Vanessa Carnes is a single mom with dreams of becoming a nurse, to help build a better life for her and her young daughter.
But one month after buying a used 2010 Honda Accord, the car caught fire as she was driving home.
“I got out of the car just in time before the whole front end started going up in flames,” she said.
Carnes escaped unharmed. But the car was a total loss.
Still has to pay off loan
The hurt got worse when her insurer Geico offered her just over $4,000 for the car she bought for more than $10,000 just a month earlier.
“They are only paying Blue Book value on the car, so they are only paying a little over $4,000 on the car, which leaves me almost $7,000 still to pay on the car,” she said.
Carnes’ dreams of attending nursing school in the fall, like her Honda, were going up in smoke. Her aunt, Amberly Browning, said she likely won’t be able to afford school if she still has to pay on the car she no longer has.
“Something has to be done,” Browning said. “It was just three weeks of having a car. You don’t go into a dealership to buy a car and expect it to only last three weeks.”
As for why the car caught fire, the insurance company has not completed its investigation. Some Honda Accords have been recalled for fire risks over the years, due to leaking power steering fluid, but not Carnes’ 2010 Accord EX.
Warning to anyone with a low down payment
But the financial bind Carnes found herself in can happen to almost anyone with a car loan, if your car is totaled in the first year of ownership.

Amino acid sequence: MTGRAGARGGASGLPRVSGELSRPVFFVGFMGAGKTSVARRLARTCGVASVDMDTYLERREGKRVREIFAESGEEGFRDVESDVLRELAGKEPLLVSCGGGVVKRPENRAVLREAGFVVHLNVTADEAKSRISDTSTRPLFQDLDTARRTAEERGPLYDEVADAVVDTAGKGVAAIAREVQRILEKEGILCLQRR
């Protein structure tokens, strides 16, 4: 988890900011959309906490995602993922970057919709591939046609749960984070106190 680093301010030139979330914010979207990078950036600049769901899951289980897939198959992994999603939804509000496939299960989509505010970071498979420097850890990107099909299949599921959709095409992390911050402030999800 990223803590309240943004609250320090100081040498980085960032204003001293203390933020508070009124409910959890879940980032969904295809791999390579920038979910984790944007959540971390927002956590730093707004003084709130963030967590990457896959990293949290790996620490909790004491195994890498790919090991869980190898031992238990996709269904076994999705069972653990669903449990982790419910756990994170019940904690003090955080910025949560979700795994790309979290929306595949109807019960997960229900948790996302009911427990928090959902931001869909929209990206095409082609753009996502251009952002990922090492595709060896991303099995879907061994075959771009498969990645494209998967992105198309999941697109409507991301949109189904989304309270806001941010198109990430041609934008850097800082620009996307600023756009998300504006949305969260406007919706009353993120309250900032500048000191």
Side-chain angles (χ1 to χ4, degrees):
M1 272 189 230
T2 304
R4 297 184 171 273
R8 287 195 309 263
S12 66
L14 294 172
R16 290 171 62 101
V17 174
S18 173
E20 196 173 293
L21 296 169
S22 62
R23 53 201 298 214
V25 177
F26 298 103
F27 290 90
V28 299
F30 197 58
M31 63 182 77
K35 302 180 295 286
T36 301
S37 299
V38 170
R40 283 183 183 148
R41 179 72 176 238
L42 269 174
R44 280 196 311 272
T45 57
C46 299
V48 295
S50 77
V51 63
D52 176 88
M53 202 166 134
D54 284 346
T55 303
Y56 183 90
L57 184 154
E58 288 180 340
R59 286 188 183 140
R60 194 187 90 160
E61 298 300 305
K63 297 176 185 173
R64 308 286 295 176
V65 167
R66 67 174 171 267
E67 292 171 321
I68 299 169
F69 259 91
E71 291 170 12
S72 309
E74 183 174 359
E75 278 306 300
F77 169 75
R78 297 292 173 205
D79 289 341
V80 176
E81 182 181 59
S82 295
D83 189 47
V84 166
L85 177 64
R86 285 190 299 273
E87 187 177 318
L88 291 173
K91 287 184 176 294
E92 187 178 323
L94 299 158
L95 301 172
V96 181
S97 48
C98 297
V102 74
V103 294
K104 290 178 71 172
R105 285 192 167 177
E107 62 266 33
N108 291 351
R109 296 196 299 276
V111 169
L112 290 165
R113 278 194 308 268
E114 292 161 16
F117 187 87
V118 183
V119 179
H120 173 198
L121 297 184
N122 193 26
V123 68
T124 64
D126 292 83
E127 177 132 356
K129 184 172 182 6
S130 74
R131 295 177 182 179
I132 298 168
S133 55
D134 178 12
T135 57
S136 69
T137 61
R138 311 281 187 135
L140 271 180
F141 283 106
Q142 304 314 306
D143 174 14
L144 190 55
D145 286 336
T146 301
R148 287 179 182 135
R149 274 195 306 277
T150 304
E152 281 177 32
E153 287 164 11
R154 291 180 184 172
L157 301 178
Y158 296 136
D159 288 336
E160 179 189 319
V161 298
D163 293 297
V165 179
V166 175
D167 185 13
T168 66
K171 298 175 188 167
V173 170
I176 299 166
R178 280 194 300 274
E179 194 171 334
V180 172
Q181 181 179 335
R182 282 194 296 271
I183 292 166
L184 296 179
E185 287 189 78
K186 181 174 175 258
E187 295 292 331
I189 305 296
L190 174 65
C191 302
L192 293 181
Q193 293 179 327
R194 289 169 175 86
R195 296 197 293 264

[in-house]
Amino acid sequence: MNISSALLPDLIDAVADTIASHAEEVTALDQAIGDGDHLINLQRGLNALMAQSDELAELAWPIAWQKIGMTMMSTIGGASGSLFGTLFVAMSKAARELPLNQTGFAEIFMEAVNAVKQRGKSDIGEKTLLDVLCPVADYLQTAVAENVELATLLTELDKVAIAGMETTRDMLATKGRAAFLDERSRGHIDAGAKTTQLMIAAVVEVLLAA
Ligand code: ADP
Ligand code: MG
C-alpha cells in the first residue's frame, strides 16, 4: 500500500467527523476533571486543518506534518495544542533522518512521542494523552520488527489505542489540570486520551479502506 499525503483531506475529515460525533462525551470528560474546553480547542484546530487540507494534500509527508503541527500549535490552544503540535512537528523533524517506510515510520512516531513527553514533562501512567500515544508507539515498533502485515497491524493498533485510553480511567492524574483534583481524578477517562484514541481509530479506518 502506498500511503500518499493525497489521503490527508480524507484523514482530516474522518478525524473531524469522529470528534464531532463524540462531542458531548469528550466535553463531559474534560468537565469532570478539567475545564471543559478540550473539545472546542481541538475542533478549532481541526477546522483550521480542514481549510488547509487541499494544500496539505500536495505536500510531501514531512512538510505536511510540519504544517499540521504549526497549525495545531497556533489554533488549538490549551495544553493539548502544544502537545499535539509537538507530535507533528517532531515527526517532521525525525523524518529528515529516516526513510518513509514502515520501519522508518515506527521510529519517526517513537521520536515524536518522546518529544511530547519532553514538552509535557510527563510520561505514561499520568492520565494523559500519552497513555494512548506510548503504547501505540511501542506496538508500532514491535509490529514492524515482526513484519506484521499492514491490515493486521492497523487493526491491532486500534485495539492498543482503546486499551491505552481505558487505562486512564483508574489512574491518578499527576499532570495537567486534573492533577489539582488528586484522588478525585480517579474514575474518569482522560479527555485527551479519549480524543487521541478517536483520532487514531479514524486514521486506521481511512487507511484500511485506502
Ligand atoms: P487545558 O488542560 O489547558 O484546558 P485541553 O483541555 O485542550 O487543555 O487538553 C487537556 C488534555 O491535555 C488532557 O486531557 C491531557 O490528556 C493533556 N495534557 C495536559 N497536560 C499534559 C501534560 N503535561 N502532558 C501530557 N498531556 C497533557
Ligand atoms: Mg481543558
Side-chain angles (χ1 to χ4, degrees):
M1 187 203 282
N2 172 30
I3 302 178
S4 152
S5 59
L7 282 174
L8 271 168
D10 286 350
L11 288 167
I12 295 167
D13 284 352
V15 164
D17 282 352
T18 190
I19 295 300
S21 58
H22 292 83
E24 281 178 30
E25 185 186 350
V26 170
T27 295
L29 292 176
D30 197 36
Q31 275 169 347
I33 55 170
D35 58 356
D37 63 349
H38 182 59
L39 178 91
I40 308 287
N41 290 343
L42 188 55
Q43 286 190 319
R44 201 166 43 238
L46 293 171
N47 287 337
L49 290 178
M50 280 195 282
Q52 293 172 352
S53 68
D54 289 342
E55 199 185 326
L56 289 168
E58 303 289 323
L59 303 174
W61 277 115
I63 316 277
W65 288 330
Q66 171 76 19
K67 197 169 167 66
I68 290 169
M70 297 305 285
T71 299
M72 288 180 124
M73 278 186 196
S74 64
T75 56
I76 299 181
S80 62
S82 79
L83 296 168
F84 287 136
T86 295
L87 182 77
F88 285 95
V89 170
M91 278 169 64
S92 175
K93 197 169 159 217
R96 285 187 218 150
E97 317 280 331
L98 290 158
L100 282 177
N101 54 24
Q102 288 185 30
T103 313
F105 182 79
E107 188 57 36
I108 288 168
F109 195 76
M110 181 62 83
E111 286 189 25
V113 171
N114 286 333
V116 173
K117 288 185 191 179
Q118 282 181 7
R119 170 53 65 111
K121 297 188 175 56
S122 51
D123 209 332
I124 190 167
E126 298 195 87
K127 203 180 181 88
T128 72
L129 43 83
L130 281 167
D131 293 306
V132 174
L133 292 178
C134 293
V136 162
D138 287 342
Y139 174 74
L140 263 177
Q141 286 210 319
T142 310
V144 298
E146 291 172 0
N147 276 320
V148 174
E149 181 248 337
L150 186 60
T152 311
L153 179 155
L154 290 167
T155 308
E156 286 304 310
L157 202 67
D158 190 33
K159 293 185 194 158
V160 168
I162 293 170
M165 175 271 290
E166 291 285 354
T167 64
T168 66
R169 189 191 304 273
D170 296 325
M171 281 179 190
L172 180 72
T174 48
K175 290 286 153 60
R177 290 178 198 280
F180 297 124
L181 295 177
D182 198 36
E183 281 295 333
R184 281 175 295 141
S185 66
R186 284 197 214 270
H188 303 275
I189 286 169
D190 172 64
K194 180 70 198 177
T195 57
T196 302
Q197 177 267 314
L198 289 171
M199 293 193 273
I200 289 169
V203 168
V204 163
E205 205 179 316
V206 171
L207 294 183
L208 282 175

The problem is that unless you make a major down payment, you are typically “upside down” on your loan that first year, owing more than the car is worth.
For instance, assume you bought your car for $20,000. A few months later, the insurance company values it at just $15,000 (as its trade-in value). If it is totaled, you still have to pay the lender $5,000.
Insurance agent Ron Eveleigh explained: “The insurance company is going to pay you the actual cash value of the car. If the loan value is greater than the actual cash value of the car, you as an individual are going to have to pay the difference.”
There is no way to be “forgiven” on it.
Eveleigh says that’s why gap insurance is so important. Gap insurance covers the gap when you owe more than the value and typically costs just another $20 or $30 a year.
Edmunds.com recommends it if your down payment is less than 20 percent of the cost of your car, or if your loan is longer than five years.
Carnes only learned about gap insurance after it was too late.
“I worked really hard to get the money up for a down payment for this car, and now I got screwed,” she said.
However, Carnes has now received some good news. After we contacted Geico, the insurer agreed to re-examine her claims, and has just told her they will offer her another $2,000 for her burned up car.
The dealer where she bought it, meanwhile, told us they will lower the price of another used car for her, so that she can get back on the road at close to her original payment and get her career back on track.
In the future, she says, she’ll be purchase gap insurance.
Good advice, so you don’t waste your money.